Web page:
Tip 1. Painting contours

Anthony O'Keefe Uncategorized 0 Comments

Rather than starting off with “my pallet is..” I thought I’d jump right into the deep end and share how I get the effect of contours. In my paintings that would normally be muscles and features.

Unless I’m playing around I do not use a lot of paint on my canvases, instead I build up very thin layers letting each dry before painting the next. This is very time consuming but the effect can be stunning due to the range of tone, colour, vibrancy in each square cm.

Lets assume you have a wash of turpentine and basic light colour on the canvas to depict your subject and we want to start painting. I mix a range of colours and tones on my pallet that I think I’ll need and in what I think is a logical order. I also have a small container of oil and clean white spirit to wash the brushes. Now we can begin.

As with watercolour I start with the lightest colours first and apply the paint in a light scrubbing fashion using the top 1/4 of the brush. I do not like brush strokes as I find it produces hard edges. I much prefer to work the paint into the canvas in a circular fashion and quite lightly, seems more natural to me. I’ll work the colour over the whole subject where that colour/tone is required but overlap into a joining areas a great deal. Different colour/tone combinations can be used over the whole painting but keep to the lightest for now. I then let the painting dry for up to a week.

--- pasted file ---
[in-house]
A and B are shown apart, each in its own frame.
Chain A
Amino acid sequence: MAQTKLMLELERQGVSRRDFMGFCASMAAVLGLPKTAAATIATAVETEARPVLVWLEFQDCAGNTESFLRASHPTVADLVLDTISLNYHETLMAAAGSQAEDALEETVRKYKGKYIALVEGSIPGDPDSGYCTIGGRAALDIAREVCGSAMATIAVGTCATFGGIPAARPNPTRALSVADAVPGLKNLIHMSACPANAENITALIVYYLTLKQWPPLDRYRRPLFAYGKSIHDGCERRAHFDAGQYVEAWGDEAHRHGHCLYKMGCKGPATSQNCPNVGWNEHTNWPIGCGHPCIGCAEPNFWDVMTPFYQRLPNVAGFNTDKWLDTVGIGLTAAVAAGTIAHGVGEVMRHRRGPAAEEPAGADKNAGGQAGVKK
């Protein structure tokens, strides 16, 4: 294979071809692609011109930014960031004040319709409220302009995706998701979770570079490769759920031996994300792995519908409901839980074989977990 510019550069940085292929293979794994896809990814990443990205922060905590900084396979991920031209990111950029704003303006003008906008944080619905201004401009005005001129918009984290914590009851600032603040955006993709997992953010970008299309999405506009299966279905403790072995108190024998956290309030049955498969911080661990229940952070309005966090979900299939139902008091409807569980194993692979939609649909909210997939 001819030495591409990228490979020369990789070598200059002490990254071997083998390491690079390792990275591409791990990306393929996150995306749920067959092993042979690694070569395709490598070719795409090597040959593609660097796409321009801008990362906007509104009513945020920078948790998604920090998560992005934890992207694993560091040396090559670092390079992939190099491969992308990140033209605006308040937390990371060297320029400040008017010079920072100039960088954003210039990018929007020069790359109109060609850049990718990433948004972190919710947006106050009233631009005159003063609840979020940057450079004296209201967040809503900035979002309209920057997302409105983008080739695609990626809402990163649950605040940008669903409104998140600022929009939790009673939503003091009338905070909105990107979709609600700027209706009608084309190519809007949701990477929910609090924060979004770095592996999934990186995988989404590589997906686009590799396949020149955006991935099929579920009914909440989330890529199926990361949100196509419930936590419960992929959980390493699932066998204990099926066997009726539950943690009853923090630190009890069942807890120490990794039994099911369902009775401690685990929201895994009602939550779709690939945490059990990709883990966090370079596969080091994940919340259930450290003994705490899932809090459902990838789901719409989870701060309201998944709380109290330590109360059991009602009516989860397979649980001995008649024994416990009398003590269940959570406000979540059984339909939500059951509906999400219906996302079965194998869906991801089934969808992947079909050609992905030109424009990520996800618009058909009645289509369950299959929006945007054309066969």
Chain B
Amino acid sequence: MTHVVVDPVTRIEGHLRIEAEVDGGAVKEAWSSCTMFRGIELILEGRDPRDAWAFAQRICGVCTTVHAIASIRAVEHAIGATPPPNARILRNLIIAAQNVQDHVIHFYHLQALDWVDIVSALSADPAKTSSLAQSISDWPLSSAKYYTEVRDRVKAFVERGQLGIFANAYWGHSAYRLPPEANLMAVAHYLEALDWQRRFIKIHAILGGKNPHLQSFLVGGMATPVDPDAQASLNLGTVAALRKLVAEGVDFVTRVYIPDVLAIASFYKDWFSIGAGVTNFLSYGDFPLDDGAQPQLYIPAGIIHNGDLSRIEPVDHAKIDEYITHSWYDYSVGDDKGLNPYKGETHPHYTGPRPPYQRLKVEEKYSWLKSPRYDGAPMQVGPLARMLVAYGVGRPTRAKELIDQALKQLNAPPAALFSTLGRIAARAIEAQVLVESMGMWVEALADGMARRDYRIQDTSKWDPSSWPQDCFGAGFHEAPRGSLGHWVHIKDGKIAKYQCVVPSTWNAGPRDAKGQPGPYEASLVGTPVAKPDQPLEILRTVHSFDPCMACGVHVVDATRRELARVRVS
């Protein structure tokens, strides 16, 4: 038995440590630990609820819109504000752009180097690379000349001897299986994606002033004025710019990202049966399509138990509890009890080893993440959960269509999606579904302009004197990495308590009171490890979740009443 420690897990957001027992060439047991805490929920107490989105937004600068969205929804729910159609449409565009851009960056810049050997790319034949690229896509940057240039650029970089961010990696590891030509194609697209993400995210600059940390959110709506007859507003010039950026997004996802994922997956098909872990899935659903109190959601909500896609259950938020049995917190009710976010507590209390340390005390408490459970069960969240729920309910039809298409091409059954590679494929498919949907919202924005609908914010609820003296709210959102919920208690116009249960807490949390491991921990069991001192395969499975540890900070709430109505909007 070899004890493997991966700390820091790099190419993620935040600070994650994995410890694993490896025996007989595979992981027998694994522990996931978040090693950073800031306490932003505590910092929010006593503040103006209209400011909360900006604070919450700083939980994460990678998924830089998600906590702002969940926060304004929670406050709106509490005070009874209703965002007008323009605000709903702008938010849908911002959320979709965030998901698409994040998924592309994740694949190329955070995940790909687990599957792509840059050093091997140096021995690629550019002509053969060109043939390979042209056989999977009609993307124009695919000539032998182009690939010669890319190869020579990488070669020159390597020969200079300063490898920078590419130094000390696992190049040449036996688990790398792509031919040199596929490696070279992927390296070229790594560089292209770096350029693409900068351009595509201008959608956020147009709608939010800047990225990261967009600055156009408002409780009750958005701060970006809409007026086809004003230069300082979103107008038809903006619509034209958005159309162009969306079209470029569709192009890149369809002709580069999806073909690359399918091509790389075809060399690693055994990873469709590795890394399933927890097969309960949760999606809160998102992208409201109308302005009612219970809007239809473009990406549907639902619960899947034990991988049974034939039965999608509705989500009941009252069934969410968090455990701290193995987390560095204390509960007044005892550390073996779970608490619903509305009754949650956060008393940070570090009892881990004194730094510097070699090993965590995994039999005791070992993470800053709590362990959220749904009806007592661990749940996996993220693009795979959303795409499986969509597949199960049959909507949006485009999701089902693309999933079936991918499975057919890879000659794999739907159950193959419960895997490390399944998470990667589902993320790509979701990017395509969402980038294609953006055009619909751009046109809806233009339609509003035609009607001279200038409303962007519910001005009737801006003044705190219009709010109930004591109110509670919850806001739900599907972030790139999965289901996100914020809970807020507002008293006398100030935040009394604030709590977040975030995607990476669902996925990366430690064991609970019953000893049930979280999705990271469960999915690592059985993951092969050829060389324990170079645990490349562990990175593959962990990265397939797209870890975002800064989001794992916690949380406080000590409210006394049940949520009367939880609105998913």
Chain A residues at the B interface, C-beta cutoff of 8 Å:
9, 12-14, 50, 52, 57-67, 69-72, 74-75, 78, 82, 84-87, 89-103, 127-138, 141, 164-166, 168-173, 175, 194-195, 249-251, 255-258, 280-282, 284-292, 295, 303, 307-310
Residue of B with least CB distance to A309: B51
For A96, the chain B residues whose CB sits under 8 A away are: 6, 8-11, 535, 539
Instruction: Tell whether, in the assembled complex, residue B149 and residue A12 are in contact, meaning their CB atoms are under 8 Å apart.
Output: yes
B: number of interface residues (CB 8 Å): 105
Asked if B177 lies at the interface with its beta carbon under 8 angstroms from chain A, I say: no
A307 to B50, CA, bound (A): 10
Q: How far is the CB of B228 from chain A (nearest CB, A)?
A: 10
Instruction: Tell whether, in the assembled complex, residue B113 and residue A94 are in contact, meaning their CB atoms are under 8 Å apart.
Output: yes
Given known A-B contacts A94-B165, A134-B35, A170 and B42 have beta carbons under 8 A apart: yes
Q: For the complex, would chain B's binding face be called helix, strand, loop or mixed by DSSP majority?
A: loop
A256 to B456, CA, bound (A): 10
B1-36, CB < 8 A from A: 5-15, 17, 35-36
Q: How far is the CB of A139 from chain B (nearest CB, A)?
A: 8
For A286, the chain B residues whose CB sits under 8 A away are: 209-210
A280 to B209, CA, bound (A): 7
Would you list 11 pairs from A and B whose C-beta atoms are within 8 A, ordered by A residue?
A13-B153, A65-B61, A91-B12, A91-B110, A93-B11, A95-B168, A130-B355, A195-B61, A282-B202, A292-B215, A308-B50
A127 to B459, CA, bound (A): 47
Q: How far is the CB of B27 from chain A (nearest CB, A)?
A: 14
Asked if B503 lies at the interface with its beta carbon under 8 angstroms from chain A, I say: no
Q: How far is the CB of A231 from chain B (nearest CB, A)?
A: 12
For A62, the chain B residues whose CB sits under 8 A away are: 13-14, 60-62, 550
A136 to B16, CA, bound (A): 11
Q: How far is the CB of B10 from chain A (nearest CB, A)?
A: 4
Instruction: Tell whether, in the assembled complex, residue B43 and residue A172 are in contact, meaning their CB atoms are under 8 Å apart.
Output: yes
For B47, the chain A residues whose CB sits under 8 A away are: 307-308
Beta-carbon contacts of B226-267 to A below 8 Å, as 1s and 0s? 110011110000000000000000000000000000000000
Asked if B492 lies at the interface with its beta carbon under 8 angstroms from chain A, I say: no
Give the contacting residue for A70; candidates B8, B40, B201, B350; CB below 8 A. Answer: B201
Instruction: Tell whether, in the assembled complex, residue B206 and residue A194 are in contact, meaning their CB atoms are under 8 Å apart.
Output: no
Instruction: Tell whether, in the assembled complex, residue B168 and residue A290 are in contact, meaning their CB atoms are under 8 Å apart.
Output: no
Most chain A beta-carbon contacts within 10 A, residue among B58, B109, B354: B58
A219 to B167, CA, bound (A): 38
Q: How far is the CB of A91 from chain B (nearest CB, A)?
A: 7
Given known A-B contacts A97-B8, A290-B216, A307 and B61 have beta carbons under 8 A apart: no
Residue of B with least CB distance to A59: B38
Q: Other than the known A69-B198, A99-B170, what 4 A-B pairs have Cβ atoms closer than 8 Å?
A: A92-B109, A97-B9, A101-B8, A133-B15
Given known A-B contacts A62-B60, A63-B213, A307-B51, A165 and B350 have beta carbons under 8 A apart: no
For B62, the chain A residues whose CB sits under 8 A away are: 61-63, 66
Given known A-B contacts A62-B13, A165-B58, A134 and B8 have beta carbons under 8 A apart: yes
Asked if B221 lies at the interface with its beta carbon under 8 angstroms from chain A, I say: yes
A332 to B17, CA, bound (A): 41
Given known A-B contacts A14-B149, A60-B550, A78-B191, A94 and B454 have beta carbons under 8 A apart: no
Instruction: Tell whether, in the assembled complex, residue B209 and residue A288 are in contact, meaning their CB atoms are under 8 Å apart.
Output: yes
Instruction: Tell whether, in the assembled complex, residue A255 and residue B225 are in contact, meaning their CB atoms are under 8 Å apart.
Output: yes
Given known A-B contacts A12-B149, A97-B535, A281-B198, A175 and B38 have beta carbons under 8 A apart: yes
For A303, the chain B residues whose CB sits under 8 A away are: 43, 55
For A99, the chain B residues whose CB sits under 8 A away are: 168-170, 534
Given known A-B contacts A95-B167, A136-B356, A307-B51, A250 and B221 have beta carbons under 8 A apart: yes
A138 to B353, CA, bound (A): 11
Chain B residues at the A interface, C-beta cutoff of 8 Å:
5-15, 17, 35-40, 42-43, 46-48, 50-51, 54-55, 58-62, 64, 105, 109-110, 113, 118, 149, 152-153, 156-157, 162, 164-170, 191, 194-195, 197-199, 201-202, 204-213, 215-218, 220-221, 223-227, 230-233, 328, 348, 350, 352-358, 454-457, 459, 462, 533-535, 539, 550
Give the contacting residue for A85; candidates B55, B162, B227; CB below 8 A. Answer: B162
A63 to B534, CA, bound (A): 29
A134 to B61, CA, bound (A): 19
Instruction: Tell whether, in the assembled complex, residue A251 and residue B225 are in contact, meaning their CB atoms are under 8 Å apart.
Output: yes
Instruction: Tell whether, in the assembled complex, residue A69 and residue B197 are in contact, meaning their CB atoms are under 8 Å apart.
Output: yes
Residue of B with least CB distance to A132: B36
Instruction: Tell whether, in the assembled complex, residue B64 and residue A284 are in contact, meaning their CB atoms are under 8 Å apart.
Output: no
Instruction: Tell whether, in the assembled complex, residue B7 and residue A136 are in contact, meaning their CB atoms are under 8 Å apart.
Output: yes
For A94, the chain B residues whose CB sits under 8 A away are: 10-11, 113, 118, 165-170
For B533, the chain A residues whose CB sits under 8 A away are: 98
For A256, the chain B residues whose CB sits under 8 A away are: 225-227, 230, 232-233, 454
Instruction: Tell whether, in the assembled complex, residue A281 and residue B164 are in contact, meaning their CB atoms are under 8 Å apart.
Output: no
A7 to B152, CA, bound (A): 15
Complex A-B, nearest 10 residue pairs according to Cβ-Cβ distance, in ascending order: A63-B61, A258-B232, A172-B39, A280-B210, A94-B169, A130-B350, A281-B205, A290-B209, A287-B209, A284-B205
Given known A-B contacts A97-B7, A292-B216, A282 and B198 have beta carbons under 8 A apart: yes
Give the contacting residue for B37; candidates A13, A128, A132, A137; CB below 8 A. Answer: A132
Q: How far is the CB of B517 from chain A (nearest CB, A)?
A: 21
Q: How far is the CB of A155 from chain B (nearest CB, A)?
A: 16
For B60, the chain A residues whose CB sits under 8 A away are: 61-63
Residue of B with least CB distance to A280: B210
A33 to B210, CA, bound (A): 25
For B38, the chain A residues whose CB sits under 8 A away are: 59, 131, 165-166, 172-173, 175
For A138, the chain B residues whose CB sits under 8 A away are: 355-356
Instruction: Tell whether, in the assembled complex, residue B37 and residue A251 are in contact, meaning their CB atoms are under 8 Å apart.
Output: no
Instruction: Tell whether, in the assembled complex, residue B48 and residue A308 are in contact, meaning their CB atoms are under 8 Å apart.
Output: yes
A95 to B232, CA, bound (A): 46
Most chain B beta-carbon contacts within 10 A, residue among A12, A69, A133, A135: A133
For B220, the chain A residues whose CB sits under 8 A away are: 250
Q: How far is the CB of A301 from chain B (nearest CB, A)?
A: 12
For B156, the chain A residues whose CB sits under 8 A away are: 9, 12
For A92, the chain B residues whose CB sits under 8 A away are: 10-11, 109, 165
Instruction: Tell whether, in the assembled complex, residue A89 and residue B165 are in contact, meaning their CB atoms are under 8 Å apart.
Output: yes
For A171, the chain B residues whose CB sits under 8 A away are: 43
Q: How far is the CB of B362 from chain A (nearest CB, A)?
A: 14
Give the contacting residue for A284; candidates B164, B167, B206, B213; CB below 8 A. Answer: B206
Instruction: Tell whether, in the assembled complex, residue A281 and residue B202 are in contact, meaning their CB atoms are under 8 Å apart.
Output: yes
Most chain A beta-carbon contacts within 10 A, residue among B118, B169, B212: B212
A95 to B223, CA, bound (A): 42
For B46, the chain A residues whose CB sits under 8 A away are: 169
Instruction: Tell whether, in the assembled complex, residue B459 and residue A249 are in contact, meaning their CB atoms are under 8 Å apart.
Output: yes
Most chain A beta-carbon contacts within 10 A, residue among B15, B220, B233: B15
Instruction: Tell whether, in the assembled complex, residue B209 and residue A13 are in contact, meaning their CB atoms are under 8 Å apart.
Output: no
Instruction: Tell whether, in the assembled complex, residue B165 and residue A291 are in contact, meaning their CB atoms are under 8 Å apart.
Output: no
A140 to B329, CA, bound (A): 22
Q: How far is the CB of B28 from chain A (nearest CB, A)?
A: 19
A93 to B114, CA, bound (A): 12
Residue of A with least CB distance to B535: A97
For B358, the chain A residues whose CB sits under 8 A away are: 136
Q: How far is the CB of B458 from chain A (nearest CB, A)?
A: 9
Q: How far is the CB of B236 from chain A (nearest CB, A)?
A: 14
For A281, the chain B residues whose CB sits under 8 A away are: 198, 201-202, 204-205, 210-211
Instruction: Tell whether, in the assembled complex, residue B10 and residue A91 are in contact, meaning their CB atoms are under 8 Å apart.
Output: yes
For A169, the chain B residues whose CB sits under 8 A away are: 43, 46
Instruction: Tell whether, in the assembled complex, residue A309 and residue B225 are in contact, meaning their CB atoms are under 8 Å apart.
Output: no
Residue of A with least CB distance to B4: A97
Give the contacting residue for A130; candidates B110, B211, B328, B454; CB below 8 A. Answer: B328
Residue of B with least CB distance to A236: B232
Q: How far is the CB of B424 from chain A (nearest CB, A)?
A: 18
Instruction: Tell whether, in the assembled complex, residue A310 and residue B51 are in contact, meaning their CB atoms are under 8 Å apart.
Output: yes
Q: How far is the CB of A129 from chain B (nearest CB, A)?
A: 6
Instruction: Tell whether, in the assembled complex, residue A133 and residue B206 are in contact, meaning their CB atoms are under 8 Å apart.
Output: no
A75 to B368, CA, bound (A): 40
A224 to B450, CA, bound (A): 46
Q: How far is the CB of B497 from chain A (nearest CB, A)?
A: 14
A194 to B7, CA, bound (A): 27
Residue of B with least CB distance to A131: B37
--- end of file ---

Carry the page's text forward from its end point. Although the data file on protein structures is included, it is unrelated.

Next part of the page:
The pallet needs to be remixed, which has the advantage of producing slightly different colours each time that add to the texture and interest. I would then load my brush with the next darkest/brightest colour and apply that by scrubbing and overlapping the lighter areas and overlapping the next darkest area. Let dry and repeat until you are happy with the result.

If as you progress the shape of the muscle is not quite right it is easy to change as the adjacent colours/tones are very close. Just reapply with the correct colour in the shape you want, when that’s dry reapply the darker if required. I rework quite a lot in this way, it has a great advantage of producing a rich and natural variation of colours next to each other. Always wait for the layer to dry before applying the next otherwise you’ll loose the richness and vibrancy. I’ve thrown paintings away because I was impatient and ended up with patches of dull paint!

The paint is applied straight from the tube or even up to two days old. I tend to use one or two brushes for a session cleaning between colour changes and then dipping in the oil and wiping the oil off with a rag.

Good luck and keep persevering.

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